This classic dish is both a feature course at festivities and top-notch comfort food made in moments, writes Tony Tan. Whip some up for Chinese New Year. Chop chop.
The story of fried rice is fascinating. The dish appears on the menu in practically every suburban and fancy Chinese restaurant worldwide. This prevalence is linked to the Chinese diaspora in the 19th century - wherever the Chinese landed, a form of fried rice came into being - and fried rice has circled the globe. For instance, it's commonly known as chao fan (or chow fan) in Cantonese, and in Peru "chaufa", probably a bastardisation of the Cantonese, is a firm favourite, just as nasi goreng is popular in Malaysia and Indonesia.
The classic, however, is Yangzhou fried rice. Introduced to the world by Cantonese cooks as Yeungchow (the Cantonese pronunciation) fried rice and consisting of just fresh prawns, char siu, spring onions and sometimes peas, it is one of the quintessential dishes by which a Chinese chef is judged.
Its origin is said to be the mercantile city of Yangzhou in Jiangsu province. However, one of Australia's greatest Chinese chefs, Anthony Lui, of the esteemed Flower Drum in Melbourne, says this dish is not from Yangzhou at all. He compares it to Singapore fried noodles, made with curry powder, a dish that's not actually from that country but was probably invented by a Chinese restaurateur in Hong Kong. Similarly, chef Lui suggests this definitive rice dish was probably invented by a cook during the Qing Dynasty somewhere in Guangdong province.
Another source says the dish was probably created in a Cantonese restaurant called Ju Chun Yuan in Guangzhou city in the 1800s. At that time, a dish called Yangzhou rice crust with char siu, prawns and sea cucumber was served. Soon it was copied by other restaurants and evolved into the fried rice we know today.
In Tracing the Source of Cantonese Cuisine, the dish is credited to Yi Bingshou (1754-1815), who named it Yangzhou fried rice because he was the magistrate of the city. Today, so famous is this dish that culinary bodies in Yangzhou have made efforts to patent it.
History aside, this cultural touchstone is a part of Chinese festivities. Although it is a simple dish, it heralds the end of a banquet before dessert, particularly at weddings and during Chinese New Year.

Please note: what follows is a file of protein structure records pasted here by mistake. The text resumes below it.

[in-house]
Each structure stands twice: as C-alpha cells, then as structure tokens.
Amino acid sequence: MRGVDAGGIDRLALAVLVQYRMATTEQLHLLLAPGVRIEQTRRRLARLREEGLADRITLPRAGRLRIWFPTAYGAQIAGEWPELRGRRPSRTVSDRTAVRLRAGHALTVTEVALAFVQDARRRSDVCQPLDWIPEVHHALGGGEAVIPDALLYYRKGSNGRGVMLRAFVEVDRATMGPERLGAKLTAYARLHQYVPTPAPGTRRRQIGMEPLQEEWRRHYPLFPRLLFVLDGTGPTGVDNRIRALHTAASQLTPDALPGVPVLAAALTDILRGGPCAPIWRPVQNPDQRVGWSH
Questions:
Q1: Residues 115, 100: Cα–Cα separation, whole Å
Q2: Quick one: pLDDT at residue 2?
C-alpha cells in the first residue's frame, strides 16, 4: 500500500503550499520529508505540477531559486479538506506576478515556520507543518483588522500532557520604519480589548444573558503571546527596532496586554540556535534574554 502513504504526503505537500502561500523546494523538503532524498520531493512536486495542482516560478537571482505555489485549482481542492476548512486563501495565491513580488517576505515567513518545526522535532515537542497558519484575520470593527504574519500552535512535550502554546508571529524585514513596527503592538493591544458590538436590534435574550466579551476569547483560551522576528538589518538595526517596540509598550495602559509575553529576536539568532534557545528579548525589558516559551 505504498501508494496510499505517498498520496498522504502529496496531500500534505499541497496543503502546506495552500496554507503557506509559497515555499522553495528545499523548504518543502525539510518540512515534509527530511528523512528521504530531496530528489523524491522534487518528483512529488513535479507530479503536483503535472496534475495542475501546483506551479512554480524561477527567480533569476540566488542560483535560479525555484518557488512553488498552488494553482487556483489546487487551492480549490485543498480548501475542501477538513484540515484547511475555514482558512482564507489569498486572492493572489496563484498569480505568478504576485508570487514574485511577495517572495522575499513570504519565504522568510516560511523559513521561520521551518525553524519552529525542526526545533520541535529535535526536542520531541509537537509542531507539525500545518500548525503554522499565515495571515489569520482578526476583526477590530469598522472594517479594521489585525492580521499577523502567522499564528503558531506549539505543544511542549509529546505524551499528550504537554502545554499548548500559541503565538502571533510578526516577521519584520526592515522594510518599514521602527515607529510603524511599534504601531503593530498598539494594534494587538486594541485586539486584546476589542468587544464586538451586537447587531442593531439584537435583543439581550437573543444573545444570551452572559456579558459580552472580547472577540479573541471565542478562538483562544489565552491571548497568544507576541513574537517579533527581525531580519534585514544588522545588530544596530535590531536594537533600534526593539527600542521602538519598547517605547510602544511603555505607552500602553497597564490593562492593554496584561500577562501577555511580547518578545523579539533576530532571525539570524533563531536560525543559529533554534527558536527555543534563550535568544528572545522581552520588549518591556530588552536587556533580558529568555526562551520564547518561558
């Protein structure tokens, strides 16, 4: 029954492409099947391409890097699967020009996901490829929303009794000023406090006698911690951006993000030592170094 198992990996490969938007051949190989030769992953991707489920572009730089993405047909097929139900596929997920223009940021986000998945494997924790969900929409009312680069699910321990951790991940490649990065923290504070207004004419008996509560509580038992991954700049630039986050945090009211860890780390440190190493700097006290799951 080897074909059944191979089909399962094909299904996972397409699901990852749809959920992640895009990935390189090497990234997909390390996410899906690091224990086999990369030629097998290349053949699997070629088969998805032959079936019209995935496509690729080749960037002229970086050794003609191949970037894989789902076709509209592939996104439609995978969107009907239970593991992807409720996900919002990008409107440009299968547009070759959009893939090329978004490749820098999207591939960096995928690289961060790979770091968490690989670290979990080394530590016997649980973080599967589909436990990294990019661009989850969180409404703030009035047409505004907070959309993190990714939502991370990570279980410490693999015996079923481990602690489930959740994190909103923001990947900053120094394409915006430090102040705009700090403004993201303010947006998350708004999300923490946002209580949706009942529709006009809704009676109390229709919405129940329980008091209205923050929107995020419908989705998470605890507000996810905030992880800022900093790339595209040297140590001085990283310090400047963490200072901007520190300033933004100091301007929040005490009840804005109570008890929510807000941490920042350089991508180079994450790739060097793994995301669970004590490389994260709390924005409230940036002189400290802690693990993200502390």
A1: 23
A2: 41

Chef Lui says the secret to great fried rice is wok hei, the smoky aroma that's the hallmark of Chinese cooking. It is the distinguishing feature of a respectable Chinese cook, and the best fried rice should capture that elusive aroma. At Flower Drum, Lui steams the rice with only just enough water, instead of using the absorption method, so the grains are fluffy and separated. By using steamed rice, his fried rice turns out beautifully cooked with that glorious wok aroma.
We don't always have steamed rice at hand, however, and most Chinese cooks follow some simple principles when making fried rice at home. We use cold leftover cooked rice because it has less moisture than freshly cooked rice. Cold rice also firms up in the refrigerator, making it easier to separate the grains when you fry the rice. Plus, we use good medium- to long-grain rice, varieties that tend to remain firm and hold their individual grains, even when given a vigorous working over in the wok. Short-grain rice tends to stick together, giving a mushy result. I also use Thai jasmine rice, though it is best to reduce the volume of water for cooking it initially so it absorbs less moisture.
I heat my wok first until it's hot, then add the oil. When a haze forms on the surface of the oil, I proceed quickly with cooking. It goes without saying a well-seasoned wok is essential. While your domestic heat source may not be as fierce as those in Chinese commercial kitchens, it's possible to achieve that wok hei aroma if your wok is hot.